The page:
I admit I’m genuinely annoyed by the occasional internet poster who suggests that whatever I might have to say about food, about travel–about anything–is somehow gravely diminished by the fact that I’m no longer working in a professional kitchen. That proximity to the line, the actual job of cooking dinner for the public enhances one’s powers of perception, focuses the mind and builds vocabulary and that “keeping it real” necessitates dying behind the stove, a broken, broken kneed and broke-ass geezer in his mid-fifties, long past it as a cook – finally succumbed to stroke or liver disease. It’s a point of view popular among internet nerds and cubicle geeks who’ve never done a minute’s physical labor in their lives, the same people who take photographs of every course at their favorite restaurants, convinced that it’s Jean Georges himself in there, personally boning out their squab.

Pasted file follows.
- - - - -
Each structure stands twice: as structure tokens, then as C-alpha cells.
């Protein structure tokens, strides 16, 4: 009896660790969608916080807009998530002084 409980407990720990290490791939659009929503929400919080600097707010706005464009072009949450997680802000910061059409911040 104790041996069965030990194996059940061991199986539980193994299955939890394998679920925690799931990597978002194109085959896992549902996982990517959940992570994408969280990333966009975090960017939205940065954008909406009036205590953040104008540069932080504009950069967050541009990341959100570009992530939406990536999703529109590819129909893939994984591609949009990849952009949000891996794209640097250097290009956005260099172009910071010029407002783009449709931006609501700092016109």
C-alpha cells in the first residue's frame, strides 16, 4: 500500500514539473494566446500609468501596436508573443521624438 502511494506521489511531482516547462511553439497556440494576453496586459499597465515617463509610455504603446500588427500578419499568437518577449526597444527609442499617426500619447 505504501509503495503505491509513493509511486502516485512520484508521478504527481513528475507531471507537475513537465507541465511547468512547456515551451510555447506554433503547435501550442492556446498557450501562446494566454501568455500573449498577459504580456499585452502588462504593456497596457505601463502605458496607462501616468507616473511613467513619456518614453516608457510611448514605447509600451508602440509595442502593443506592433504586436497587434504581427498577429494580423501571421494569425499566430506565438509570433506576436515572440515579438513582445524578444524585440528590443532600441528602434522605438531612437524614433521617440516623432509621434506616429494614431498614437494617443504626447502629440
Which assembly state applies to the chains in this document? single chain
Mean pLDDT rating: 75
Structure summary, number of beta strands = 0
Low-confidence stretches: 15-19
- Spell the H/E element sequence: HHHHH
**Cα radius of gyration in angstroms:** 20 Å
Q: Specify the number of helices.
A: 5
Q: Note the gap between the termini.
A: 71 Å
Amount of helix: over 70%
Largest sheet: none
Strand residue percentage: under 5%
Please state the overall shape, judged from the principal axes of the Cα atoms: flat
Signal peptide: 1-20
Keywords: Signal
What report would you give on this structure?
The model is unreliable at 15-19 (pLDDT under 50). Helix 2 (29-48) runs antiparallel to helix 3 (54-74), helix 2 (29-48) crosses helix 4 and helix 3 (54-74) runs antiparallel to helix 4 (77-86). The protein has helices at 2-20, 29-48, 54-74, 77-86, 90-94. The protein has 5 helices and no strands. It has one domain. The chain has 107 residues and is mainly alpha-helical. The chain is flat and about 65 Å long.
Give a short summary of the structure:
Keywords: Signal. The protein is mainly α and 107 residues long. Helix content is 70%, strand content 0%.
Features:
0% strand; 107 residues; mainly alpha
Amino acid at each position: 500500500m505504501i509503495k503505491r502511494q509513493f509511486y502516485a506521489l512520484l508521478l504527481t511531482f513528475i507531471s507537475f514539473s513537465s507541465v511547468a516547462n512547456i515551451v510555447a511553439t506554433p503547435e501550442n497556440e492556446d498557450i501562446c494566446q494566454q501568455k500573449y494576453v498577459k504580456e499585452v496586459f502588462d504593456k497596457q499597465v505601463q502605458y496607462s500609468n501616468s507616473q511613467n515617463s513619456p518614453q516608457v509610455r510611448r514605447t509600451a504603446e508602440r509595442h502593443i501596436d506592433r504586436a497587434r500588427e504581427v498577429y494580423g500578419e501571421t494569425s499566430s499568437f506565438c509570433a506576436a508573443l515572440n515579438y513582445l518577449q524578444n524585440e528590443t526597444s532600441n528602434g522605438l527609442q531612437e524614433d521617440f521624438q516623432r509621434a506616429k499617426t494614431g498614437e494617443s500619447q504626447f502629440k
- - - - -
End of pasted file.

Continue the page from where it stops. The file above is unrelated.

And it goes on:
My instinctive reaction to this kind of inverse snobbery is normally a raised middle finger and a “I had twenty-eight years of standing behind a stove – while you were arguing over bundt cake recipes in a chat room, motherfucker! Now, kiss my ass!!”
But the fact is, there’s a little voice in my head that completely agrees with their point of view.
All those years hanging out with no one but professional cooks, looking out at the world through the narrow tunnel vision of the kitchen – it alters, irrevocably, one’s value system and ties one’s sense of self worth inseparably and inversely to how bad, physically, you feel at the end of the day when you roll into bed. While I may want to reach through the computer screen and across the ether to strangle some snarky Comic Book Guy who’s basically sayin’ I’m a pussy, there IS that subconscious connection in my mind between flopping half-drunk on top of the covers, my back, knees and feet throbbing painfully, smelling like Charlie the Tuna after a hard day’s work – and the sense that I have completed a day of honest, virtuous toil.